Weather in Italy in January

Is January a good time to go to Italy?

It’s not just another wet and cold month, in fact, Italy, and neighbouring Franceare two premiere destinations for ski holidays in Europe. If the slopes don’t seem attractive, many people travel at this time of year despite the weather because of the cheap rates and quiet spaces.  If anything, this is the best time to hide away from the rain in silent museums and galleries for hours at a time and sample authentic Italian cuisine with local diners at a café or restaurant, while all the other tourist are gone. With good planning, it is well worth putting up with the rain for the discounted rates and opportunity to leisurely explore Italy. 


Climate in Italy in January

With the 30cm (11.8in) of snow in alpine areas, snow sports travellers are excited as the New Year rolls in; it is otherwise, like any other cold, wet winter month. It may drop as low as -12°C (10°F) high in the mountains, -2°C (28°F) in the northern and alpine foothills, and won’t reach much higher than 13°C (56°F) anywhere. Coastal regions are the wettest and northern areas are relatively dry.


What’s on in Italy in January

New Year’s celebrations often continue into the first, and on New Year’s Day, there are festivals catering to children, as well as some unique localised traditions to find. The Trasimeno Blues Festival is a multifaceted event, which guarantees a variety of different live performances and entertainment. There are a number of religious festivals during January, but the national holiday, Epiphany Day, is the greatest and many shops owners close down for day in order to watch processions and attend mass.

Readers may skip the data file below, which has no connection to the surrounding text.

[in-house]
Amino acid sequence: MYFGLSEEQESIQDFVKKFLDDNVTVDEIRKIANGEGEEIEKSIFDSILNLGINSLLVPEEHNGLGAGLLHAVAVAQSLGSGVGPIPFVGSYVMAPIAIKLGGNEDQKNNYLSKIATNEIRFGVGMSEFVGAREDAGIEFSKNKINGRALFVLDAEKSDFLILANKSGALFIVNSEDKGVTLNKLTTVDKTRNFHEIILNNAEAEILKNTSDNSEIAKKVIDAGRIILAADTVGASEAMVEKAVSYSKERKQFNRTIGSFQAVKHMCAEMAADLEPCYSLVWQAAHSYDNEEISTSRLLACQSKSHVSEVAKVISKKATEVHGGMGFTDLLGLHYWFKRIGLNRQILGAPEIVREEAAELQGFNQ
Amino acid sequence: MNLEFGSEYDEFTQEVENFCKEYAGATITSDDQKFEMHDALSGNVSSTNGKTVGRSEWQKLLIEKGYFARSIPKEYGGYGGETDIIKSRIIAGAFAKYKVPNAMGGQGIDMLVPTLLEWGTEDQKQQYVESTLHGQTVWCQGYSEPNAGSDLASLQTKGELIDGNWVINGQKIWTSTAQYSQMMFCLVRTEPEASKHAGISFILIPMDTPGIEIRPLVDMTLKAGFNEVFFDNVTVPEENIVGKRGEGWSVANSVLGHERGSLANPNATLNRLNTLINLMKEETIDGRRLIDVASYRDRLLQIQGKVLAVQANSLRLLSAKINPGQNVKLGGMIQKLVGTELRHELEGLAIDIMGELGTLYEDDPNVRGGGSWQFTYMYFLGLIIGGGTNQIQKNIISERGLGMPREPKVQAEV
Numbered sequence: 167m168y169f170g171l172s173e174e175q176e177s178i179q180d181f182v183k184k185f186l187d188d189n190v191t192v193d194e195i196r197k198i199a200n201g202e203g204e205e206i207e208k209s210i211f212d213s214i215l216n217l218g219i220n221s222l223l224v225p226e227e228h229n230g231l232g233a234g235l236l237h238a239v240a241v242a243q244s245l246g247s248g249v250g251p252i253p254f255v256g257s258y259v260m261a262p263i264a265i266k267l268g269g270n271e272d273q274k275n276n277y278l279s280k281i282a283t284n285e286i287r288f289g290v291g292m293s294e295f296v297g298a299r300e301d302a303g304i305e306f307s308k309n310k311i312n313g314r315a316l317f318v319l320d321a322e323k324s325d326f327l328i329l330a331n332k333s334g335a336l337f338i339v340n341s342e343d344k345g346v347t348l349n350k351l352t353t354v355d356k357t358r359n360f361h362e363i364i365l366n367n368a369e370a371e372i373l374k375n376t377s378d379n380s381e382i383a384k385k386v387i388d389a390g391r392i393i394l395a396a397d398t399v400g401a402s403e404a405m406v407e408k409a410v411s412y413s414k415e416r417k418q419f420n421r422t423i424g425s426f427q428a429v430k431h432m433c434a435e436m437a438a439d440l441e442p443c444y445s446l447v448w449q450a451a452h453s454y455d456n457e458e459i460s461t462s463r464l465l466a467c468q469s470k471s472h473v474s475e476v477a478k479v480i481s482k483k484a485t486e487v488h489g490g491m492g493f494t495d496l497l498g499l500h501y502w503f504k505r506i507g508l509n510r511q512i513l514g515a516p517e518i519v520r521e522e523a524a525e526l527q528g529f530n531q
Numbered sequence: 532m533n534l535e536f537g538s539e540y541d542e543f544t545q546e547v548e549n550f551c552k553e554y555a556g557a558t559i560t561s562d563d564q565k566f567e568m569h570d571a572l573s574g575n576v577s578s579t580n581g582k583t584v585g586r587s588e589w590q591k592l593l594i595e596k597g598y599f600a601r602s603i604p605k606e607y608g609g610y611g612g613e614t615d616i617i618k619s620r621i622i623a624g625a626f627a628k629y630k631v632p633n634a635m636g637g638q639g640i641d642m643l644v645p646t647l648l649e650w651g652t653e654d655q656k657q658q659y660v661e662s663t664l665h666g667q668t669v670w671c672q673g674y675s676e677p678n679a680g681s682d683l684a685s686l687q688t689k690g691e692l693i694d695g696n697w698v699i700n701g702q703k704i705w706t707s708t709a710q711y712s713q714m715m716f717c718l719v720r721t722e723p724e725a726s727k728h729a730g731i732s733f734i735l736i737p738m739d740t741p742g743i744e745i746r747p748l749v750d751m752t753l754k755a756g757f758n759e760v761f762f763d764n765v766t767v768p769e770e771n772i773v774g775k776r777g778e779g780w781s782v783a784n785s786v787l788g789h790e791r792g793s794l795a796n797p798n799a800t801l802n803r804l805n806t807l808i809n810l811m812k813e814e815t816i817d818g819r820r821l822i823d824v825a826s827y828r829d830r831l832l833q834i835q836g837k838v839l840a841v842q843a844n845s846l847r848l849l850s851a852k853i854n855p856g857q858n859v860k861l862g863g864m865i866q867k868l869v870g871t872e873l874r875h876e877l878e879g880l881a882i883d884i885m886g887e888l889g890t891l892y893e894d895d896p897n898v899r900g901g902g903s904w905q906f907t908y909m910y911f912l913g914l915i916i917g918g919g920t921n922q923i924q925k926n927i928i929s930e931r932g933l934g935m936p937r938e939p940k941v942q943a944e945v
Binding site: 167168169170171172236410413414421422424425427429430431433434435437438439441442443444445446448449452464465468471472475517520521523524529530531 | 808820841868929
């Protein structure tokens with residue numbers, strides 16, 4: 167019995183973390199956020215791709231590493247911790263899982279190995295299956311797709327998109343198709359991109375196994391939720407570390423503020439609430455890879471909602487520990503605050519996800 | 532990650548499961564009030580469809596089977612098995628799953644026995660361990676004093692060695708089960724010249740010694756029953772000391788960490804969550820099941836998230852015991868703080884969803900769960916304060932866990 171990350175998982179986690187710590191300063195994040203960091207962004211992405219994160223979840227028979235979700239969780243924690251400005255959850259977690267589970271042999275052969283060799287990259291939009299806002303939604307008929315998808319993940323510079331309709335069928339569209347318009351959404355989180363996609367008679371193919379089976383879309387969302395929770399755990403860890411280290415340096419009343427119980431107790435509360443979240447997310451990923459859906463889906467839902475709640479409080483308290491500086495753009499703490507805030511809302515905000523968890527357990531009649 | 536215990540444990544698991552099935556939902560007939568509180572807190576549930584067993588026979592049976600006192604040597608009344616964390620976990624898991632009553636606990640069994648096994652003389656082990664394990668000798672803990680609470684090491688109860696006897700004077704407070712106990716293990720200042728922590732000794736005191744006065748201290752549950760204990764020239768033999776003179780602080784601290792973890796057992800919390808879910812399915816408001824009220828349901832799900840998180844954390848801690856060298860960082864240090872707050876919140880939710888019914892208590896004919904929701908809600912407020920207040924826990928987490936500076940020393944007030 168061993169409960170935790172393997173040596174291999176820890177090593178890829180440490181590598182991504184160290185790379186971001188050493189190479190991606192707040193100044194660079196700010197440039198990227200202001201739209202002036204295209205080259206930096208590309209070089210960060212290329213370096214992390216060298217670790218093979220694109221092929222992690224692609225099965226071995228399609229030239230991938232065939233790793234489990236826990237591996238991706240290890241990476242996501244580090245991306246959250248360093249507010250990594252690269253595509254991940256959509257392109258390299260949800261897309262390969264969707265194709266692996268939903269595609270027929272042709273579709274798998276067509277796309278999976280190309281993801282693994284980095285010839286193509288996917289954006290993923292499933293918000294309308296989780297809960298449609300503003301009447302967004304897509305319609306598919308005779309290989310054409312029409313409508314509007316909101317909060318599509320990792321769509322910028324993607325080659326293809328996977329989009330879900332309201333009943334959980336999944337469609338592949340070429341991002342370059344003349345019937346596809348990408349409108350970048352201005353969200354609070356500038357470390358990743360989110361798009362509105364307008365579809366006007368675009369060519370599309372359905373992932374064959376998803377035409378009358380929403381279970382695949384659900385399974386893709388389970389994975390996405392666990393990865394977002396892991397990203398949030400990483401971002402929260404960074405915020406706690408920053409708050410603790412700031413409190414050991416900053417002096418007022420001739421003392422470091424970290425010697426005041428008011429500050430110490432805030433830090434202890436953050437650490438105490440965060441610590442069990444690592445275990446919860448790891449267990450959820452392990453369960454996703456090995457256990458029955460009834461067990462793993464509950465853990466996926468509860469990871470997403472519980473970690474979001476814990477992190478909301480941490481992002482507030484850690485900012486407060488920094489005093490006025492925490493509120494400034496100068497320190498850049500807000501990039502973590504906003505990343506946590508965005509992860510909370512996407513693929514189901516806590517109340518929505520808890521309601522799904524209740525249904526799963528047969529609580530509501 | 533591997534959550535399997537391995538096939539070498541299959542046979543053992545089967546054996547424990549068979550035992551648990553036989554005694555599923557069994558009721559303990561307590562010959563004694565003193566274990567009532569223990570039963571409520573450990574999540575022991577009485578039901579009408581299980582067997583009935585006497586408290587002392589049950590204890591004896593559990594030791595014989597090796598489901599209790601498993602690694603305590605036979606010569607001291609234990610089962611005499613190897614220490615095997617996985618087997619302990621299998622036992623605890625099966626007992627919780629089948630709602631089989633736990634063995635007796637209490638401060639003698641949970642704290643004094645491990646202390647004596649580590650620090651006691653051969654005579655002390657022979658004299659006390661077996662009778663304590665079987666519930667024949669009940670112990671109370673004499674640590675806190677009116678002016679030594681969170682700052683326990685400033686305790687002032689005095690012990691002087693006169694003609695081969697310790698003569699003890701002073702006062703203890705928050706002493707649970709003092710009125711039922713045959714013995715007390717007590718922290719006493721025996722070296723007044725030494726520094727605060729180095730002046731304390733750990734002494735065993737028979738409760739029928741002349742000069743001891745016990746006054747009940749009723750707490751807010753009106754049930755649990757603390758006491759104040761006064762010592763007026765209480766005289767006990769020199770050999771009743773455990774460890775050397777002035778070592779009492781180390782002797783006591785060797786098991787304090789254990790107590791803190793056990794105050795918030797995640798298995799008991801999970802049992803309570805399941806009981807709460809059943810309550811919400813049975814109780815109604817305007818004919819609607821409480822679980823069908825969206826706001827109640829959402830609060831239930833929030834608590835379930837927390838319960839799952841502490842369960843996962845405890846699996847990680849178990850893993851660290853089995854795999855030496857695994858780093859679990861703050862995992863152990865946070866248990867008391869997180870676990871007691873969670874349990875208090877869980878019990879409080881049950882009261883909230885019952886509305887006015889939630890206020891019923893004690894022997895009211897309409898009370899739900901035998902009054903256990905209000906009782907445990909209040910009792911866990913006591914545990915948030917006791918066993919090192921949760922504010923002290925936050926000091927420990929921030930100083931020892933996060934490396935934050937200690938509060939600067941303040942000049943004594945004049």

What to pack for a holiday in Italy in January

The Italian winter can get very cold and wet so, synthetic, dark material is best. Pack some T-shirts, trousers, jeans (bear in mind that they take long to dry), warm jerseys and long sleeved shirts, thermals, warm hats, gloves and scarves. Pack more than one pair of comfortable, amphibian shoes or boots and wear a light raincoat with a jersey; only pack a very thick coat if travelling to snowy regions, along with appropriate snow gear, otherwise it becomes a cumbersome item to carry around– a regular coat will do.